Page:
Several years ago I was listening to the radio, when a programme came on, discussing people who were super recognisers, meaning, that they possessed the ability to easily recognise faces. This was the first I had heard the term, and the more I listened to this man talking, the more it dawned on me, that he was describing what I had long thought of as ‘a quirk’ of mine: the way I could easily recognise people’s faces.
This ability probably began well before I realised I held this odd propensity for face recognition. I knew I was good at drawing faces, from the first portraits I ever did. These were pastel sketches of my children. And although I had drawn the figure since I was a teen, I hadn’t to this time honed in on the face. I was pleased at the likenesses I achieved, and everyone who saw them commented on this. I went on to sketch portrait commissions for several years, until I decided that I didn’t wish to be known as just a portrait artist. Anyway, I digress.
I began to be aware that I could recognise people, and the setting I had seen them in. These were people I had not personally known, and had existed at the periphery of my everyday life. A few, rather interesting ‘recognising’ occasions, are still rather salient in my mind. One involved the director of a play my daughter was in, far from where I had lived as a child. It was après show, and people were milling around congratulating the performers and director. I was watching this director, a man, when I could suddenly see him as I must have glimpsed him, walking across the quad at my old high school.
I would not have seen this chap’s face in thirty years. I called my daughter over, and said, ‘I know this might sound weird, but can you ask the director where he went to high school?’ Heretaunga College was the answer, the same school as me. I knew nothing about him, other than his face and the uniform he was wearing in my ‘flashback’. He wasn’t in my class, or even a friend of a friend. He certainly had no recollection of me. I was little spooked, but thought little of that night, until I found myself in another very similar situation.
It was ten year’s later, when I went to Teachers’ College as a ‘mature’ student. I was on ‘section’, which is when students are allocated a school to spend time in a classroom under the guidance of a resident teacher. This was a class with ten-year-olds, and a female teacher, a few years older than me. As I opened the classroom door and approached the teacher, the same sense of déjā vu, as I described above, overwhelmed me. This time, I couldn’t wait to ask her where she had gone to school, as I could see her in the quad of the high school I have just mentioned. Yes, same high school. Again, I had never met her, she was older, and we had no friends in common. But I still recognised her, but not vice versa. Even I was blown away with this coincidence. Still, I tucked it into my mind as a ‘quirk’ that I had, and got used to my husband telling others this story, occasionally.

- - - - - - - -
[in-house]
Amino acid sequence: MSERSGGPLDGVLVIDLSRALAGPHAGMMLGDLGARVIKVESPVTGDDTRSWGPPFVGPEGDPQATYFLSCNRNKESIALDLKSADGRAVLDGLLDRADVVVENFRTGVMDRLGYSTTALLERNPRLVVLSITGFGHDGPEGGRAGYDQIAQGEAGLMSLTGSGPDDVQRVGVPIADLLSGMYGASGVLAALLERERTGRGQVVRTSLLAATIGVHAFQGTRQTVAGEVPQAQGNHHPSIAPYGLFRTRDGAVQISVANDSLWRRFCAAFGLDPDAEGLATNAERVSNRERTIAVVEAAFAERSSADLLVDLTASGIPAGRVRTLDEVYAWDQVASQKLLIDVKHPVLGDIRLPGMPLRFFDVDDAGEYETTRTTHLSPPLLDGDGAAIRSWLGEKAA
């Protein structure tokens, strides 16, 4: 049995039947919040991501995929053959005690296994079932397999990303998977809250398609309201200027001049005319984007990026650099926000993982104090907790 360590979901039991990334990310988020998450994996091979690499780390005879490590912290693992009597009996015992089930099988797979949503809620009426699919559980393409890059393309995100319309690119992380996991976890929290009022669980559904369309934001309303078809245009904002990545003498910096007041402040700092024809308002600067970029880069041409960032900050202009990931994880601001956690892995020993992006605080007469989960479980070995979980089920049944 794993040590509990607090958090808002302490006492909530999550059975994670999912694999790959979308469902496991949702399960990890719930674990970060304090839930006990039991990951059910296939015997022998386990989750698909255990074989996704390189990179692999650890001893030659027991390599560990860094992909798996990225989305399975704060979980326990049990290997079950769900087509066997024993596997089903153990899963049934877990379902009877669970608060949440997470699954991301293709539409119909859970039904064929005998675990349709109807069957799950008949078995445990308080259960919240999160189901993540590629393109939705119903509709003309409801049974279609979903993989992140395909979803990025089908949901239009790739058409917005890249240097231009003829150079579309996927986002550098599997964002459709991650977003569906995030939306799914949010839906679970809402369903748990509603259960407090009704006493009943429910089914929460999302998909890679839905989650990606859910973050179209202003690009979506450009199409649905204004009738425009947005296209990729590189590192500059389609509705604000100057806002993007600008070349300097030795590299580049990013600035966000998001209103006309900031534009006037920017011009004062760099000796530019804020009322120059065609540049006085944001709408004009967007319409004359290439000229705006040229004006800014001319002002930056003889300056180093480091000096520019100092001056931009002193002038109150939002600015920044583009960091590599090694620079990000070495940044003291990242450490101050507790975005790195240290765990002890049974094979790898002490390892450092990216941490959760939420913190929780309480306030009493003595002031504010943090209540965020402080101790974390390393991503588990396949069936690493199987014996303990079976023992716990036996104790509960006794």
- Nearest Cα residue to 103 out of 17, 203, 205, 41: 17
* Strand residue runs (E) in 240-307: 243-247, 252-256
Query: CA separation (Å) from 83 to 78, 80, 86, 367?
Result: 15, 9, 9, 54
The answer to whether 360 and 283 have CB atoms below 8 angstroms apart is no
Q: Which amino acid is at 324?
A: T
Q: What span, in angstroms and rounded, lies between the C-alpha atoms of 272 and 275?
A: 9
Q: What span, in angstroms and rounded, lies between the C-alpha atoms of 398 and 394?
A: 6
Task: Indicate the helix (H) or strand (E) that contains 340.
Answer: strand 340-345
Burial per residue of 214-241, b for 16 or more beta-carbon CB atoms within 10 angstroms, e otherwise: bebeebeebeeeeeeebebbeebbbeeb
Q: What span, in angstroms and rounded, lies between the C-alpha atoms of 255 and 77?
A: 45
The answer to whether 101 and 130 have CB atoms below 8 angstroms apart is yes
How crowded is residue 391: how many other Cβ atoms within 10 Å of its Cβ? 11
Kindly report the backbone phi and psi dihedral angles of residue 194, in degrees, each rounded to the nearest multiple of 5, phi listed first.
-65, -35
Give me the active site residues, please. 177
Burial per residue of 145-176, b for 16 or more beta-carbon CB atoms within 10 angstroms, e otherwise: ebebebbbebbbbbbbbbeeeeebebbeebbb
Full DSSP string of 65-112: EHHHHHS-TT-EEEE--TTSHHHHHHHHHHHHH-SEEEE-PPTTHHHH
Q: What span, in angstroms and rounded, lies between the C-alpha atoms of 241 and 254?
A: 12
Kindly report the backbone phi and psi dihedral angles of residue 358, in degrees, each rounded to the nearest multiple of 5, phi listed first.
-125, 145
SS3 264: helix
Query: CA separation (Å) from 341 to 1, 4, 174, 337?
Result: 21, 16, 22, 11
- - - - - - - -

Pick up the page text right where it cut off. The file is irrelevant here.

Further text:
And to bring this recognising people thing up-to-date, just a couple of months ago I sat with a group of strangers at a wine-tasters’ Christmas do (my husband is a member), and I found myself looking at the man down the end of the long table. I recognised his face! And his prominent eye teeth. But I did have to think about where I had known him from, for a bit. I knew it was something to do with art, and a while ago, so I posed him a couple of questions about classes he might have taken, and to where he had previously lived, before Auckland. When he said Palmerston North (where I had lived for many years), I immediately recalled where and when I’d met him – at the Manawatu Art Gallery, twenty-five years earlier.
Although I now kind of knew that I was a super recogniser (there have been many more instances like the above), I only came to prove it to myself a couple of days ago. Now, my husband knows well this ability of mine, so it didn’t surprise me when he sent me a link to http://www.superrecognisers.com. On this site, put up by the University of Greenwich, UK, is a lot about the research undertaken by Dr. Josh P Davis, on face recognition. On the home page it shows a Could you be a Super Recogniser test, which visitors to the site are encouraged to undergo. Why Not? I thought. It was purported to be fun.
There were 14 trials with two stages to each trial.
Stage one of each trial you would see a single face for a few seconds. Stage 2 you would see an array of faces. The task is to pick out the first face shown from the many faces in the array. After fourteen tests, I was able to see the score achieved. I got 11 out of 14 correct, and was informed that I was thought to be a super recogniser, and that I was welcome to partake in further tests, should I wish be part of the University research. This however, I have no wish to do, as the university is in the United Kingdom and I live in New Zealand. It was quite fun to do, and definitely an interesting website to visit. I urge you to take a look, and who knows? maybe it just might show you that you are a super recogniser too. Let me know.